Building new homes. Upgrading neighborhood parks. Easier public access to Sugar Creek. Developing a nature park.
The proposed projects are part of a new vision to improve quality of life in west central Indiana through a $500 million state initiative.
The Regional Economic Acceleration and Development Initiative, known as READI, will provide funding to help attract talent and economic development to Hoosier communities.
A group of 17 locally-formed regions is competing for up to $50 million to carry out their plans.
Montgomery County joined forces with Boone, Hendricks, Johnson, Morgan and Putnam counties to form the 180 Alliance.
The plan lays out strategies for improving quality of life in the downtowns, providing more outdoor recreation opportunities and creating arts and culture programs.
Plans are also laid out for infrastructure improvements and leveraging the region’s colleges to train the workforce.
READI funding would contribute to a total $885 million investment across the region.
“We simply must work around the same table,” Crawfordsville Mayor Todd Barton said, describing the importance of collaborating with other communities in the area to promote growth. “And I can assure you today that they are truly committed to doing the same.”
Barton helped make the region’s case for funding on Friday during a presentation at Dallara IndyCar Factory in Speedway. He was joined by DePauw University President Dr. Lori White and Boone County Economic Development Corp. Executive Director Molly Whitehead.
The six-county region — which includes the fast-growing Boone County town of Whitestown — contributed to nearly a quarter of Indiana’s growth over the past decade, according to census data cited in the report.
The region added 56,000 people over the past 10 years, the report says.
Stakeholders say the projects will help grow the region’s talent but acknowledge they need to get the improvements in place now while the population growth is easier to manage.
Crawfordsville and Montgomery County want to use READI funds to help fund the development of Western Estates, a proposed 200-unit housing subdivision.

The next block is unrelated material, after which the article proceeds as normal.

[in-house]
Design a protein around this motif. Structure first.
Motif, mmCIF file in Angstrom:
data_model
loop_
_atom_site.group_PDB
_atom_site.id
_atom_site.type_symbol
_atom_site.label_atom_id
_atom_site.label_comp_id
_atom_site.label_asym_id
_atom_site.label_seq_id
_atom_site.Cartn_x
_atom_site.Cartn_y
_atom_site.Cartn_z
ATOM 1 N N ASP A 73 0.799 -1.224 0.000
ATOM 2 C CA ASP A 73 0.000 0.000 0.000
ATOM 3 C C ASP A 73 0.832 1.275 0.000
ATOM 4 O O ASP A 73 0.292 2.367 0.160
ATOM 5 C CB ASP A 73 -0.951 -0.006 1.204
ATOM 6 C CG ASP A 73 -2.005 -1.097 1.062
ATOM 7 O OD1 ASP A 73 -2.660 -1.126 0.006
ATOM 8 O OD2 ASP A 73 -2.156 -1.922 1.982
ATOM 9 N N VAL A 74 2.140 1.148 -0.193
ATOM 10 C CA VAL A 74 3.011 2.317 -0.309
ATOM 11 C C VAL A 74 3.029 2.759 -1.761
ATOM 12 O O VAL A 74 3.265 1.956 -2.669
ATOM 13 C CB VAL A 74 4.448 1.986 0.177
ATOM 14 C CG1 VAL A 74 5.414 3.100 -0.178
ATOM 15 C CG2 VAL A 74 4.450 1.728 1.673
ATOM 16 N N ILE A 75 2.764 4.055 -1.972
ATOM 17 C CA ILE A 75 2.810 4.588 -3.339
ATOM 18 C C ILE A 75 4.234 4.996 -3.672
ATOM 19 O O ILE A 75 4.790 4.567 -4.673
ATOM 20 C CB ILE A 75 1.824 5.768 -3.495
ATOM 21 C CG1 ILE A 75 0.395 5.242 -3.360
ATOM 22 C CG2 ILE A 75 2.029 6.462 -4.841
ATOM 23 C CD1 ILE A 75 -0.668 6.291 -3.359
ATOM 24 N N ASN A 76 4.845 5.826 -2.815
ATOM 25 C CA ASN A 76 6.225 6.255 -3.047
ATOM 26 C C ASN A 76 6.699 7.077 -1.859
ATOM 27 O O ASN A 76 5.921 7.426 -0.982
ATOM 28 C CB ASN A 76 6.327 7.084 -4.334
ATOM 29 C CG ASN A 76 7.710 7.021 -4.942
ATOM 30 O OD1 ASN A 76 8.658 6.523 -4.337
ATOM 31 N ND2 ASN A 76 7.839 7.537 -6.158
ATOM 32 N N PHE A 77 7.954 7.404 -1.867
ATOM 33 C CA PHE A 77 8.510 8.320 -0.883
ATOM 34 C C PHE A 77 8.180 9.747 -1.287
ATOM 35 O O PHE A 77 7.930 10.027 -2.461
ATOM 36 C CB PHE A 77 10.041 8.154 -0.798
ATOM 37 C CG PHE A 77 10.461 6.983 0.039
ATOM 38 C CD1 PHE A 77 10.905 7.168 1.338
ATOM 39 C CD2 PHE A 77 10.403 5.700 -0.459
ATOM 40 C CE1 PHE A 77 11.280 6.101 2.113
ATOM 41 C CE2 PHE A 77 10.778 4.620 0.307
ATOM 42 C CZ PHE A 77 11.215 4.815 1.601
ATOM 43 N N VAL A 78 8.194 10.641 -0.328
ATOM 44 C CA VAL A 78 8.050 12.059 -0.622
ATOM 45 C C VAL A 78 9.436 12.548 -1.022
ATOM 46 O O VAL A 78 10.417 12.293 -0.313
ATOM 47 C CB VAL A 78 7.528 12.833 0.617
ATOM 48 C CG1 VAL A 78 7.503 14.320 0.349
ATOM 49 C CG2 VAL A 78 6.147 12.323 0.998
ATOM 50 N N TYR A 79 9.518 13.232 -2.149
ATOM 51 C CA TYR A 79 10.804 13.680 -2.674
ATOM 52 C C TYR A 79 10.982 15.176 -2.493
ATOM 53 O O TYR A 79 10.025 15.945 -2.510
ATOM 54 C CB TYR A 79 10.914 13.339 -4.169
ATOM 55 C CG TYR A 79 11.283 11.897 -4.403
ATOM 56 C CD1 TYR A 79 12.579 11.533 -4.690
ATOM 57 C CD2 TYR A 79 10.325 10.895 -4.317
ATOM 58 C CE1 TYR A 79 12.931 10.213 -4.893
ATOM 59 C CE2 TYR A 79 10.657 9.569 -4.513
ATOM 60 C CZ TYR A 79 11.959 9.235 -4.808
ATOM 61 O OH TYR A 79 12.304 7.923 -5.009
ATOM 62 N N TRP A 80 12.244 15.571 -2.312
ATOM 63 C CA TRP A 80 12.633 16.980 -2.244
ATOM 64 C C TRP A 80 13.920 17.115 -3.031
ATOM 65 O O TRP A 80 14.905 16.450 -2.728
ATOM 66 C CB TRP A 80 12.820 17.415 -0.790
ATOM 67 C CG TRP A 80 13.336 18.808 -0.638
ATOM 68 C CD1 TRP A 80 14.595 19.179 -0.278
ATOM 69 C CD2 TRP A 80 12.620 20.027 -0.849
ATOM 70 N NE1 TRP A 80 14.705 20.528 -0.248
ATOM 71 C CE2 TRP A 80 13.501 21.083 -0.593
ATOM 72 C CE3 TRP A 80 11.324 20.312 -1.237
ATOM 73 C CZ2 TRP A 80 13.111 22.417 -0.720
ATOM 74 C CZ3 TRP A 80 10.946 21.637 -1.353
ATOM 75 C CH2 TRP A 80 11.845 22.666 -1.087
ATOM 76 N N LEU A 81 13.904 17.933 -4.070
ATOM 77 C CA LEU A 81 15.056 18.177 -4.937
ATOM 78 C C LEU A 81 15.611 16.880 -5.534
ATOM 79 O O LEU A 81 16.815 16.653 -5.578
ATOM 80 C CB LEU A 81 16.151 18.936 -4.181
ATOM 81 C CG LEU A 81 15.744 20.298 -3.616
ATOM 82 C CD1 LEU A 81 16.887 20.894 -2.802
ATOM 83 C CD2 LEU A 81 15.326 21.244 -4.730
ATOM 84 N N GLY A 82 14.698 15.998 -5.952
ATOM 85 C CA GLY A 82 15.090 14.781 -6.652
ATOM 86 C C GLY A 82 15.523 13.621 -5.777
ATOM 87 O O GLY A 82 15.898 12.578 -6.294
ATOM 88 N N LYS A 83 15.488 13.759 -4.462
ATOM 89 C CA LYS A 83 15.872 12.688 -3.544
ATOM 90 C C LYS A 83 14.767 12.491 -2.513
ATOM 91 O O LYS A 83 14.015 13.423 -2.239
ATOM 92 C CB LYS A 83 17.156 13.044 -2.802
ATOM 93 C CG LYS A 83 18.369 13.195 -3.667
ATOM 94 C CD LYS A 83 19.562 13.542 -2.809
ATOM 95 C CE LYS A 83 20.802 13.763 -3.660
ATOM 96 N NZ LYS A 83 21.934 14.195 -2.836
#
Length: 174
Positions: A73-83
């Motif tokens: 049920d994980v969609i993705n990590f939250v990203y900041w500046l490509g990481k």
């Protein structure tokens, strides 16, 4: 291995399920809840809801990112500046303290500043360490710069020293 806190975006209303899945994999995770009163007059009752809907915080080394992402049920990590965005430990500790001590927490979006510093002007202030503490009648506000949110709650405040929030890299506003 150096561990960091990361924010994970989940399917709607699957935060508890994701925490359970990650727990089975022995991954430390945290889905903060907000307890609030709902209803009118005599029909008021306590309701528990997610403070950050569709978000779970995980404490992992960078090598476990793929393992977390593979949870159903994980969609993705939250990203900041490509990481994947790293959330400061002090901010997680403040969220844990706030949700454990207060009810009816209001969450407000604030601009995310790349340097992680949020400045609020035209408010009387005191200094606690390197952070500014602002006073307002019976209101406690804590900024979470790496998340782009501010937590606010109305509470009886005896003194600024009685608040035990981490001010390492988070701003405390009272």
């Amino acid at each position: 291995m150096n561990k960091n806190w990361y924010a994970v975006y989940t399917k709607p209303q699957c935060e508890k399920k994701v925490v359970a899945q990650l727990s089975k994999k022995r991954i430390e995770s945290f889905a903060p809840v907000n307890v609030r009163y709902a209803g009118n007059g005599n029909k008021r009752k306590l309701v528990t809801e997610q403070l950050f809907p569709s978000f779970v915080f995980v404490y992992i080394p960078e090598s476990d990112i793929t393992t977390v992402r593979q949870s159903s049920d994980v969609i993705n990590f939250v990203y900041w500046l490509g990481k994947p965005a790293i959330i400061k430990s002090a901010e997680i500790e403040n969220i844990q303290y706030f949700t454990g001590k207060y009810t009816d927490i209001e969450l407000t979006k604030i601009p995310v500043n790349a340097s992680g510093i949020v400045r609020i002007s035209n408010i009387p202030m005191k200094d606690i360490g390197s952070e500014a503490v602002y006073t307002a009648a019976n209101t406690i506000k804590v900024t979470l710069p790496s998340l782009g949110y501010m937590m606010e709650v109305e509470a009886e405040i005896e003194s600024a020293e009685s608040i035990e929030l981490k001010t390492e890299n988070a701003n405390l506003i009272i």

The project is being overseen by the nonprofit Crawfordsville Community Development Corp., which the city formed to speed up the building process for housing additions.
Funds would also be used for projects to makeover Lincoln and Northside parks. It would be the second phase of the city’s Neighborhood Parks Initiative, which led to the redesign of Kathleen J. Steele Park earlier this year.
The anonymous donor who gave the money for the Steele project is also helping fund improvements to the two other parks. The money was donated through the Montgomery County Community Foundation.
The city is also seeking funds to help convert a former brick manufacturing site on the south edge of the Crawfordsville Commerce Park into the Brickyard Nature Park.
Another portion of the funding would be used to upgrade three more Sugar Creek public access sites, forming the Sugar Creek Water Trail.
The upgrades are planned at the Darlington Covered Bridge, the Old Coke Plant and Bachner Nature Preserve.
Nonprofit Friends of Sugar Creek recently partnered with the city to improve the access site at Rock River Ridge.
The state is scheduled to award funding to the selected regions this month. The alliance’s full plan can be viewed at iedc.in.gov/program/indiana-readi/regions.
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